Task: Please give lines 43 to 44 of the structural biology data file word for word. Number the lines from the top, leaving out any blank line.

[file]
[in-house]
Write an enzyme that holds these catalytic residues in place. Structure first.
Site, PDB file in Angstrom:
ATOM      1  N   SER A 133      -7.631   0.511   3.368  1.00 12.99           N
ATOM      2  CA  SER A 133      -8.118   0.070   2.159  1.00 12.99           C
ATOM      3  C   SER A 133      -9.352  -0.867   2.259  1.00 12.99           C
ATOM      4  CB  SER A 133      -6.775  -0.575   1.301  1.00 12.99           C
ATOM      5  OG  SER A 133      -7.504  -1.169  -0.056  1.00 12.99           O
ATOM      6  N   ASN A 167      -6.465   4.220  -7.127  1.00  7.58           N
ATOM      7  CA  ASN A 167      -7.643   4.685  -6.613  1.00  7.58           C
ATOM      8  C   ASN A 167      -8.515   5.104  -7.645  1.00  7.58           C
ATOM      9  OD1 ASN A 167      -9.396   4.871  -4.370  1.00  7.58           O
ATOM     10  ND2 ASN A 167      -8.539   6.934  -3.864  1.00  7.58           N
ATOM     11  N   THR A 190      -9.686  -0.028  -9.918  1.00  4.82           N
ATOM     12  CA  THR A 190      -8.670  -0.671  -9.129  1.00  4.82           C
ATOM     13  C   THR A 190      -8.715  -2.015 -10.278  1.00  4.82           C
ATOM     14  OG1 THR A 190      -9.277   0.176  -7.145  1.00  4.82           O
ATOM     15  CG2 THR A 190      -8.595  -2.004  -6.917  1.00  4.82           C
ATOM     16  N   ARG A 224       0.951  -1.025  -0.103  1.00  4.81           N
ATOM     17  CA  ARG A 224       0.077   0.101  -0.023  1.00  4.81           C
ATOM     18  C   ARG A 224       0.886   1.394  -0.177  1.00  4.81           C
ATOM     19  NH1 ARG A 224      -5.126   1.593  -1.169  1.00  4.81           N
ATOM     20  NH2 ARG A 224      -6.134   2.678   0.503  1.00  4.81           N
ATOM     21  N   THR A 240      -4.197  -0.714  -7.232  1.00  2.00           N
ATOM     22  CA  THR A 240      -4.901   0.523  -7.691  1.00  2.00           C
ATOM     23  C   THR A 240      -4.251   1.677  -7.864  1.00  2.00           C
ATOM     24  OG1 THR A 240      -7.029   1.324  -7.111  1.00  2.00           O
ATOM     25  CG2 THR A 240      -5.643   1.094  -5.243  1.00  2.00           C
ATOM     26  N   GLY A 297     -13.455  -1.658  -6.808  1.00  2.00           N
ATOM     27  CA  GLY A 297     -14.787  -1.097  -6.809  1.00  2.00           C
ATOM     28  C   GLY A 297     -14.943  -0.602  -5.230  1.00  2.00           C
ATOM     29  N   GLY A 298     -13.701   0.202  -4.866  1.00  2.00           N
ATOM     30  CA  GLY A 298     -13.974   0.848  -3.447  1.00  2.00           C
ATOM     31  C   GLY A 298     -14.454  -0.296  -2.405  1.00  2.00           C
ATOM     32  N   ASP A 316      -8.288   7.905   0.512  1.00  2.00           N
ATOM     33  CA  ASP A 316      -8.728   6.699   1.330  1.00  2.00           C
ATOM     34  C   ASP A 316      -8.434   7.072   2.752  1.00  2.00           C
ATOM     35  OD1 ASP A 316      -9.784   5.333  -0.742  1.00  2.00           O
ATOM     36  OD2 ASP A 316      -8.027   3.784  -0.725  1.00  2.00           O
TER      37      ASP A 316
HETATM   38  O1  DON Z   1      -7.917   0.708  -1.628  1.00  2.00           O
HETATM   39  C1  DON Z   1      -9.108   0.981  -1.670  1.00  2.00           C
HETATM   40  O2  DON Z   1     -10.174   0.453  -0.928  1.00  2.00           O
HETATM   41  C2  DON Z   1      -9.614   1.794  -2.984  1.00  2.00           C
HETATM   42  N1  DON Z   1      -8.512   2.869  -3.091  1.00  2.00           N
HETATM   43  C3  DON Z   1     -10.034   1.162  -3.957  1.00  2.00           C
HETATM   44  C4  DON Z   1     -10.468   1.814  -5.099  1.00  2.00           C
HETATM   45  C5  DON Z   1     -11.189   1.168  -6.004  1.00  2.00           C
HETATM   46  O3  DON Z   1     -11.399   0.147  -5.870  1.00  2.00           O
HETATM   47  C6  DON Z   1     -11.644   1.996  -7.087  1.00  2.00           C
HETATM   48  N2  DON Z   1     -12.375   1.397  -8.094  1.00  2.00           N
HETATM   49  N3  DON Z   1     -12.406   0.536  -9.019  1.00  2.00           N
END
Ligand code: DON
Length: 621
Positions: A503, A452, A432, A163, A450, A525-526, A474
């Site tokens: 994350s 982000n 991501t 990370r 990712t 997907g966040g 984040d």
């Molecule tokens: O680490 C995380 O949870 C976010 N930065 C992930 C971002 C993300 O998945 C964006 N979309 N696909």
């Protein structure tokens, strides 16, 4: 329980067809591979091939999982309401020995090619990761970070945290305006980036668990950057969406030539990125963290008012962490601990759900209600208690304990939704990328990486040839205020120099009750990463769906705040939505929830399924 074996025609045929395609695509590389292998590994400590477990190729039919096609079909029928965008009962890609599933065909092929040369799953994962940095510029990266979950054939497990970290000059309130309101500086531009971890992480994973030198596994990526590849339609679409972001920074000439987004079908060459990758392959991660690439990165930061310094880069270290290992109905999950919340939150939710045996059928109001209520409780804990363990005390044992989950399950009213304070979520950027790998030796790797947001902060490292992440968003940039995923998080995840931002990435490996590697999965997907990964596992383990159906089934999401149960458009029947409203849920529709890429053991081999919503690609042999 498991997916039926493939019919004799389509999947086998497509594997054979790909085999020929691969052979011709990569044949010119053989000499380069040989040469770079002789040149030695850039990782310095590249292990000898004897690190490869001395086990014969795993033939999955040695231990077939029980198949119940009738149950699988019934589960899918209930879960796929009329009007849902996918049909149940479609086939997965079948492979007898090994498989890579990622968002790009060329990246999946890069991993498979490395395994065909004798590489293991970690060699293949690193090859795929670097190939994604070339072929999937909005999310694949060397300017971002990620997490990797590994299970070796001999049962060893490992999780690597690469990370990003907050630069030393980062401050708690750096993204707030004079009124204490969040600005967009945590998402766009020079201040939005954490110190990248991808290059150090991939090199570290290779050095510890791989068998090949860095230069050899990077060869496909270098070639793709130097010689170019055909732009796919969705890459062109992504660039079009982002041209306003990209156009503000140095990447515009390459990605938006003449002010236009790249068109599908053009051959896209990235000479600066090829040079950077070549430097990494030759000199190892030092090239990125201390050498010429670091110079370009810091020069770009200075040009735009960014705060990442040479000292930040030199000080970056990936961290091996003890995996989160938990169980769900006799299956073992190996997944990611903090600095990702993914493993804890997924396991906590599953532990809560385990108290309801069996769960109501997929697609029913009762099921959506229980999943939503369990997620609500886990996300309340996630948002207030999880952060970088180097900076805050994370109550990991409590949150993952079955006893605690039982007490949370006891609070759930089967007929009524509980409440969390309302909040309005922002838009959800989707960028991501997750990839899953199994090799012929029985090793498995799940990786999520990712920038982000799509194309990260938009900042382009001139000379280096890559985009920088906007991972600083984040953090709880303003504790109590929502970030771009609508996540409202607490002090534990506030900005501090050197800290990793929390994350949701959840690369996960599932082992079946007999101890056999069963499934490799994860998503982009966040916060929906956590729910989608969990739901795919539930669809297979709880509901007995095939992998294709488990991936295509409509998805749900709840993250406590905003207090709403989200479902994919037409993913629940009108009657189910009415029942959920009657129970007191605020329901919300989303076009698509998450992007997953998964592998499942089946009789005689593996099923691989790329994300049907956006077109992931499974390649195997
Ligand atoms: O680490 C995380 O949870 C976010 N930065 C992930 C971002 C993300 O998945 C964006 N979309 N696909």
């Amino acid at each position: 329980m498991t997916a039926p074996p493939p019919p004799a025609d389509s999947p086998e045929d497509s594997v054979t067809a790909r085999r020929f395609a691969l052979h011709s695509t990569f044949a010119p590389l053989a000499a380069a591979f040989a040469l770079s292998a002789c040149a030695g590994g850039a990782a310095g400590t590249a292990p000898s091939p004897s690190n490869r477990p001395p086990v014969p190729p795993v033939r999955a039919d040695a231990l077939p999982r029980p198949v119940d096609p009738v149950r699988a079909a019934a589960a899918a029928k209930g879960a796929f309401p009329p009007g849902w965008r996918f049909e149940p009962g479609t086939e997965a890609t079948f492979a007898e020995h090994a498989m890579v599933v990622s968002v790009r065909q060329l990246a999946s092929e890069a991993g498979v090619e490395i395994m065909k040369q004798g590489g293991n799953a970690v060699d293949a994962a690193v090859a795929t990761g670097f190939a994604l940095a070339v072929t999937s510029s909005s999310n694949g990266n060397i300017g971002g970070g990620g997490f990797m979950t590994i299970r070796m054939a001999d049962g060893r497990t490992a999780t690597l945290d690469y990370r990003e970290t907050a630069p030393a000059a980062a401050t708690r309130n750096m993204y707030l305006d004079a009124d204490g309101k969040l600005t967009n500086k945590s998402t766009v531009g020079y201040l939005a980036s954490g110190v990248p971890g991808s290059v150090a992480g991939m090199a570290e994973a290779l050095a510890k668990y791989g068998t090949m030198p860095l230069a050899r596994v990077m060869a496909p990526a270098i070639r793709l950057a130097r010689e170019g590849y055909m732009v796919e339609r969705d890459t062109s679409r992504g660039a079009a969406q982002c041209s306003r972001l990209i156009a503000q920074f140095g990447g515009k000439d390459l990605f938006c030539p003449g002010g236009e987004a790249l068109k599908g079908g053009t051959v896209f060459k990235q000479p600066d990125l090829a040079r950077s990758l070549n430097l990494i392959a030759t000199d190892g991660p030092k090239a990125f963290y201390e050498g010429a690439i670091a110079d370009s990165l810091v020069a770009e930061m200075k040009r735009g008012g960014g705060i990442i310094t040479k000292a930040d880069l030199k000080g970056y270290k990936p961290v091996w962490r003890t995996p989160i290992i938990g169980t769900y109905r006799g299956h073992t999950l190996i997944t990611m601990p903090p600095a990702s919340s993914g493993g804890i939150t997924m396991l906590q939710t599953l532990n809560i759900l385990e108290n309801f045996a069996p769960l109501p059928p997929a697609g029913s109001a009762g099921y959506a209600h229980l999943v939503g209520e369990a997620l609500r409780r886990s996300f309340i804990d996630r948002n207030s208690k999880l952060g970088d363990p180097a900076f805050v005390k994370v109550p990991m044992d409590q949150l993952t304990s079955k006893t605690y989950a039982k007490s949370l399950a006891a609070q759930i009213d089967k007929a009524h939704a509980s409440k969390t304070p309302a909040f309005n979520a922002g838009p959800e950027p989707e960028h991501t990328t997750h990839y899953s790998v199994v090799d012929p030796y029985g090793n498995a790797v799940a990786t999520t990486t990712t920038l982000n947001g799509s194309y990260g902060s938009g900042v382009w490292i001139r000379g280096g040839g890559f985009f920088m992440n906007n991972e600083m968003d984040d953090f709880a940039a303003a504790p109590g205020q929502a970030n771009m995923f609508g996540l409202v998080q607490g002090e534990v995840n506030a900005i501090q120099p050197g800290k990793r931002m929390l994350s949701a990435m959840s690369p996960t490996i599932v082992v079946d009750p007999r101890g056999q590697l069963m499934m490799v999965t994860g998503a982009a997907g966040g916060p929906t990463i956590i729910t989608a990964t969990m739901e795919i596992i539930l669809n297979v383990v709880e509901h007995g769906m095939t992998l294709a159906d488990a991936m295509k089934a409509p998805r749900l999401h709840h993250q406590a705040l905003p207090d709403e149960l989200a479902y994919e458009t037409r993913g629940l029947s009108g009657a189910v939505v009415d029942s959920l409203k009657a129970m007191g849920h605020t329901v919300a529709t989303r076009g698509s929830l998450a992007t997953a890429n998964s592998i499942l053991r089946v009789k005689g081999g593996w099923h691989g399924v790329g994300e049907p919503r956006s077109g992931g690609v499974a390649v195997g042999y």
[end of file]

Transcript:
HETATM   40  O2  DON Z   1     -10.174   0.453  -0.928  1.00  2.00           O
HETATM   41  C2  DON Z   1      -9.614   1.794  -2.984  1.00  2.00           C